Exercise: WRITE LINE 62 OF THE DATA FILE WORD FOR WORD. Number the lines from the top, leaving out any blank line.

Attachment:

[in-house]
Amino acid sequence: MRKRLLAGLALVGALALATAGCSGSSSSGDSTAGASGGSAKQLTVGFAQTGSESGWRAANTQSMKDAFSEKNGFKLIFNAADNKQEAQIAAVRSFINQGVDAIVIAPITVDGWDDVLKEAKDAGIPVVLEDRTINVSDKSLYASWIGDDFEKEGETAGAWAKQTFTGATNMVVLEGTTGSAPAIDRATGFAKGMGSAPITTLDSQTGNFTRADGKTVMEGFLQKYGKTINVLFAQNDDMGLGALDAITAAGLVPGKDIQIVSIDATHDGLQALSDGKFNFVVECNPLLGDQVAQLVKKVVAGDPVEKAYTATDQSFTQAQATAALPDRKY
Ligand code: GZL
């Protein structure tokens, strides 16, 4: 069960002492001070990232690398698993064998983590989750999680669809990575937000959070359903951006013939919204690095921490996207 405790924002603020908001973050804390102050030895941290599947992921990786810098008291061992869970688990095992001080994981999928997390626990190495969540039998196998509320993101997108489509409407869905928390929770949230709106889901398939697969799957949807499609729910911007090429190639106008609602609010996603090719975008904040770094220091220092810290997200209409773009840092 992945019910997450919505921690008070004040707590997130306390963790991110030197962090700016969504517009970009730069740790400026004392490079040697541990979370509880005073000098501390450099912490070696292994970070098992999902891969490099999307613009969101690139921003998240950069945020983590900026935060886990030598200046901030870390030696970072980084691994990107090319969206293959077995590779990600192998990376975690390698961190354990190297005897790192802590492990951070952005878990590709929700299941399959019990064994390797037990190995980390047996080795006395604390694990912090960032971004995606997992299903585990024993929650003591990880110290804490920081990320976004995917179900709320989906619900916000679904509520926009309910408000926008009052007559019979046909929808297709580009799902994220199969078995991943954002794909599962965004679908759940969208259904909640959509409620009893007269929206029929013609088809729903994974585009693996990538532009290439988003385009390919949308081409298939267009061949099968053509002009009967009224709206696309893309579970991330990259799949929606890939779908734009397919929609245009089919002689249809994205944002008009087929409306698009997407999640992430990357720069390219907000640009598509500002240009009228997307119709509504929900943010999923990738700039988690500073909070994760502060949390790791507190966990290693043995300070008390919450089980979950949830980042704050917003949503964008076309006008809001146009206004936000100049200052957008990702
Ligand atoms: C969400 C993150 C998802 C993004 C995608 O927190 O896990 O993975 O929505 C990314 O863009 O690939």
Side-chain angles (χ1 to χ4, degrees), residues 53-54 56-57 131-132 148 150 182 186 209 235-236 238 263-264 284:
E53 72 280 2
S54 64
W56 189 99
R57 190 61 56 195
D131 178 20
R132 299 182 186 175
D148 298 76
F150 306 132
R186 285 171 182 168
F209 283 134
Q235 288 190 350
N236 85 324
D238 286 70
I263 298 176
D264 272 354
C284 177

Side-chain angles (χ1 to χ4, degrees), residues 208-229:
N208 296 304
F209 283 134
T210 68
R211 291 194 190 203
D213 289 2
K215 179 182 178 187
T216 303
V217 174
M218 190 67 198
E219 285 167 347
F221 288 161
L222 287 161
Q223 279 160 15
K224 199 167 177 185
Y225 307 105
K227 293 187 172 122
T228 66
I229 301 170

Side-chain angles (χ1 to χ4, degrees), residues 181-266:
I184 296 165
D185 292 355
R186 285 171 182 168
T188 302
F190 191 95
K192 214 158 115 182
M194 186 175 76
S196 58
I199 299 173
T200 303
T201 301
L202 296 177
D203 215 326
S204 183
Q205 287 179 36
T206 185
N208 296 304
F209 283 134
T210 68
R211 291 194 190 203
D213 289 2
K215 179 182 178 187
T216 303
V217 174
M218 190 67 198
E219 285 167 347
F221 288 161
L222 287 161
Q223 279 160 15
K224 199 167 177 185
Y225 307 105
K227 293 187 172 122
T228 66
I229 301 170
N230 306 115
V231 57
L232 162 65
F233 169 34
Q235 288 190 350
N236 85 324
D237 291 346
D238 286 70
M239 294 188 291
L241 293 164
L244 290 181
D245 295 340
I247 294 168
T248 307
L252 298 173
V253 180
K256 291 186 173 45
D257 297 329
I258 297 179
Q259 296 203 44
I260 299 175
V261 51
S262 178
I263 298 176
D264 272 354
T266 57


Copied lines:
R211 291 194 190 203